Ahead of the Curve: Building Energy Use Benchmarking and Performance Standards (BEPS)
How Council Bill 16-21 May Increase the Costs of Owning Commercial, Mixed-Use, and Multi-Family Residential Property in Montgomery County, MD.
By Matthew M. Gordon, Esq.
Partner at Selzer Gurvitch Rabin Wertheimer & Polott, P.C.
With Bill 16-21, the Montgomery County Council (the “Council”) proposes to amend and expand Chapter 18A, the nation’s first energy benchmarking law, approved by the County in 2014. Chapter 18A currently requires, among other things, that owners of County-owned and privately-owned commercial buildings with gross floor areas of 50,000 square feet and above annually track and report building and energy performance details to the County’s Department of Environmental Protection (DEP).
If approved, Bill 16-21 will make Chapter 18A more broadly applicable by reducing the threshold for energy benchmarking and performance standards to County-owned and privately-owned commercial buildings from 50,000 gsf to 25,000 gsf. Bill 16-21 also proposes to apply the energy benchmarking and performance standards to multi-family and mixed-use buildings with a minimum of 25,000 gsf. The legislation would also create a Building Performance Improvement Board and enable DEP to assess penalties or fines if the property owner is determined to be non-compliant in completing specific actions to meet interim or final performance standards. Specific actions required would include efficiency upgrades or replacement of mechanical, lighting or other building systems, costs of which would depend on the baseline performance standards that have yet to be finalized.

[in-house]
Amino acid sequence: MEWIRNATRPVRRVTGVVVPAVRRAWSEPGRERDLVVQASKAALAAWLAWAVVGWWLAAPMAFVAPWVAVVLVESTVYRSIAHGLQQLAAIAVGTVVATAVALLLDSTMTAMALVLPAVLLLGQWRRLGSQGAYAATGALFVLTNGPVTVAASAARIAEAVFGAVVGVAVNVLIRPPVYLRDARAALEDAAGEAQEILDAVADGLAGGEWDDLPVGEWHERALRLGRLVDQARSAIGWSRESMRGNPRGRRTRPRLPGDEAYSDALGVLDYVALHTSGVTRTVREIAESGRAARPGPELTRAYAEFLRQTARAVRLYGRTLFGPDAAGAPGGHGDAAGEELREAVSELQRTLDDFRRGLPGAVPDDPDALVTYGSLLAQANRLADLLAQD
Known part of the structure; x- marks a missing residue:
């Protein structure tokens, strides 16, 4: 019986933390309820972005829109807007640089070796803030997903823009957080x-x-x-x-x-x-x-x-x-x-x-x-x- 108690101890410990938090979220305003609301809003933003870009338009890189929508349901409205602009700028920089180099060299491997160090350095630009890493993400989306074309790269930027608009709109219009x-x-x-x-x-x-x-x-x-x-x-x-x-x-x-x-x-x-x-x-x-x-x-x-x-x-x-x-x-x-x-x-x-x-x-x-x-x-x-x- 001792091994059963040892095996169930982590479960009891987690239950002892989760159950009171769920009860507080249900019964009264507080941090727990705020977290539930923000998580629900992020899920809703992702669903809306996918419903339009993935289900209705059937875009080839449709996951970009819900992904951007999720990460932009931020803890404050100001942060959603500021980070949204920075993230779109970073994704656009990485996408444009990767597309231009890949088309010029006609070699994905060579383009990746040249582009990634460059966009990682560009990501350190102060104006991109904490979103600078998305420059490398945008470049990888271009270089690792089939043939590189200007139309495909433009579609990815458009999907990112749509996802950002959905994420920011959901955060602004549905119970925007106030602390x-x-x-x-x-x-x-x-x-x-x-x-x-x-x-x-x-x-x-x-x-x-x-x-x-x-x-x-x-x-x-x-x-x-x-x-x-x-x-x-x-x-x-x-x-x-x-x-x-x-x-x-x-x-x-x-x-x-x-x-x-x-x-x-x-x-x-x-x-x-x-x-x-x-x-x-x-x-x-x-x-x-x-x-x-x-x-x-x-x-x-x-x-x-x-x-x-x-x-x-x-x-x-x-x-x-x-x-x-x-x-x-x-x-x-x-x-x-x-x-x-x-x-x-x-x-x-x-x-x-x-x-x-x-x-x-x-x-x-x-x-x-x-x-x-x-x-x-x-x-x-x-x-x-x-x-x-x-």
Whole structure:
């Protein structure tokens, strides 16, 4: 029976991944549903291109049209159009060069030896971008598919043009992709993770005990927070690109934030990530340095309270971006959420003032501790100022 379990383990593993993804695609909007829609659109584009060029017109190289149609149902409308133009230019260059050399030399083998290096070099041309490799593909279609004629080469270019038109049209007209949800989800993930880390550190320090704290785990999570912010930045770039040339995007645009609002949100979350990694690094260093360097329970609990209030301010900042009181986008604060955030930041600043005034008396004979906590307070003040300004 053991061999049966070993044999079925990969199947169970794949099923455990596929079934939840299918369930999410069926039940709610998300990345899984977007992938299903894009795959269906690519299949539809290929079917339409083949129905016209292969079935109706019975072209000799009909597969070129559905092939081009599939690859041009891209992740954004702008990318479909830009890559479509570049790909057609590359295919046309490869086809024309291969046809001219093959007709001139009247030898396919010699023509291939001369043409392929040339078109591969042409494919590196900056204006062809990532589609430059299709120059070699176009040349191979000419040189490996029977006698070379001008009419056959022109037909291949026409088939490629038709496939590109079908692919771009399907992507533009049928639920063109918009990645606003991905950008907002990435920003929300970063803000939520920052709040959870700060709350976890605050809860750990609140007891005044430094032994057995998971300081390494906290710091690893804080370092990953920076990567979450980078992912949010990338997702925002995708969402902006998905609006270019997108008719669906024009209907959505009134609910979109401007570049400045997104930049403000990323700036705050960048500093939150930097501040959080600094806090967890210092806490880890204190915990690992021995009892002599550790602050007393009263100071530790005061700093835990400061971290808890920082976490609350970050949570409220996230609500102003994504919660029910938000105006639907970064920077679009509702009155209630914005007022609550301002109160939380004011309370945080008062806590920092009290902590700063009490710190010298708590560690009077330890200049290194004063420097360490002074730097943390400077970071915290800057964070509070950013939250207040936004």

Bill 16-21 was crafted after a working group’s review of building energy performance models from various jurisdictions around the country, including the District of Columbia. The proposed legislation is intended to help further the County’s Climate Action Plan goal of zero greenhouse emission by 2035.
Following the introduction of Bill 16-21 by Council President Hucker on behalf of the County Executive in May and a public hearing held in July, the Council’s Transportation and Environment (T&E) Committee will be holding several work sessions in the fall before a final vote is taken by the Council.
Let Selzer Gurvitch help you.
If you have concerns or questions relating to the application or potential impacts of Bill 16-21 to your property, please contact Bob Dalrymple, Matt Gordon, or Graham McSweeney.
|C. Robert “Bob” Dalrymple, Esq.
Shareholder, Selzer Gurvitch
|Matthew M. Gordon, Esq.
Partner, Selzer Gurvitch
|Graham G. McSweeney
Paralegal, Selzer Gurvitch
Disclaimer: The information contained in this material is not intended to be considered legal advice and should not be acted upon as such. Because of the generality of this material, the information provided may not be applicable in all situations and should not be acted upon without legal advice based on specific factual circumstances.